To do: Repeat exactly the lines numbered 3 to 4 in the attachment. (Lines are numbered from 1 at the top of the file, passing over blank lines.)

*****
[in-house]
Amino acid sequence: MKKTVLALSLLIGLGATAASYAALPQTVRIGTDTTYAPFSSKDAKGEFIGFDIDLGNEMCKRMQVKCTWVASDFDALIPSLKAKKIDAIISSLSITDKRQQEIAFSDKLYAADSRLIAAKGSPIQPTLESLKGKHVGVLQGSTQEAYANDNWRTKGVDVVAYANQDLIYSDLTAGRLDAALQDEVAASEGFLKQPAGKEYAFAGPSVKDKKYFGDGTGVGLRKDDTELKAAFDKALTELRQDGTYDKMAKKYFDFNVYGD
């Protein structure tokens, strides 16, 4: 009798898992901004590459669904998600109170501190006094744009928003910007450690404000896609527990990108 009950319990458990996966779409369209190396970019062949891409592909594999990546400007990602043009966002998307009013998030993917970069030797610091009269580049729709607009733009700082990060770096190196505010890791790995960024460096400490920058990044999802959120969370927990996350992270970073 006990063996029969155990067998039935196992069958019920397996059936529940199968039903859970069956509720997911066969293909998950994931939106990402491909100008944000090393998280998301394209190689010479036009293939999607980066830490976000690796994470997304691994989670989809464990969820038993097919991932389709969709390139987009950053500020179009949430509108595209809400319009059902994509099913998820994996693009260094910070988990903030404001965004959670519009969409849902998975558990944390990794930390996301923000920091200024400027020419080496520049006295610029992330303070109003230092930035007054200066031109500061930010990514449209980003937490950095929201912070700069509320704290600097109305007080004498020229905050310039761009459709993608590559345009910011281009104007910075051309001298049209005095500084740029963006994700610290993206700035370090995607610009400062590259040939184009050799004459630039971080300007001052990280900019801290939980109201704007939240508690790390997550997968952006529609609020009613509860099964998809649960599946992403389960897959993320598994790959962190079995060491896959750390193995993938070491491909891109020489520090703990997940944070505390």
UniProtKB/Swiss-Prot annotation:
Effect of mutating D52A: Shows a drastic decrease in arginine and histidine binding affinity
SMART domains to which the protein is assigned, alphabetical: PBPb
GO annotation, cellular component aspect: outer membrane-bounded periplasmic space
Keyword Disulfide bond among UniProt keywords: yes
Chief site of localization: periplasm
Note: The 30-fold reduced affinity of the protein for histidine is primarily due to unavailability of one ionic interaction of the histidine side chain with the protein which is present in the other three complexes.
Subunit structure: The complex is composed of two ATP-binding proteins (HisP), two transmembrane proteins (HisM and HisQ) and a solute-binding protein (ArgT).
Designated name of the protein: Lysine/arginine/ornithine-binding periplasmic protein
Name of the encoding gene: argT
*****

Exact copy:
């Protein structure tokens, strides 16, 4: 009798898992901004590459669904998600109170501190006094744009928003910007450690404000896609527990990108 009950319990458990996966779409369209190396970019062949891409592909594999990546400007990602043009966002998307009013998030993917970069030797610091009269580049729709607009733009700082990060770096190196505010890791790995960024460096400490920058990044999802959120969370927990996350992270970073 006990063996029969155990067998039935196992069958019920397996059936529940199968039903859970069956509720997911066969293909998950994931939106990402491909100008944000090393998280998301394209190689010479036009293939999607980066830490976000690796994470997304691994989670989809464990969820038993097919991932389709969709390139987009950053500020179009949430509108595209809400319009059902994509099913998820994996693009260094910070988990903030404001965004959670519009969409849902998975558990944390990794930390996301923000920091200024400027020419080496520049006295610029992330303070109003230092930035007054200066031109500061930010990514449209980003937490950095929201912070700069509320704290600097109305007080004498020229905050310039761009459709993608590559345009910011281009104007910075051309001298049209005095500084740029963006994700610290993206700035370090995607610009400062590259040939184009050799004459630039971080300007001052990280900019801290939980109201704007939240508690790390997550997968952006529609609020009613509860099964998809649960599946992403389960897959993320598994790959962190079995060491896959750390193995993938070491491909891109020489520090703990997940944070505390």
UniProtKB/Swiss-Prot annotation: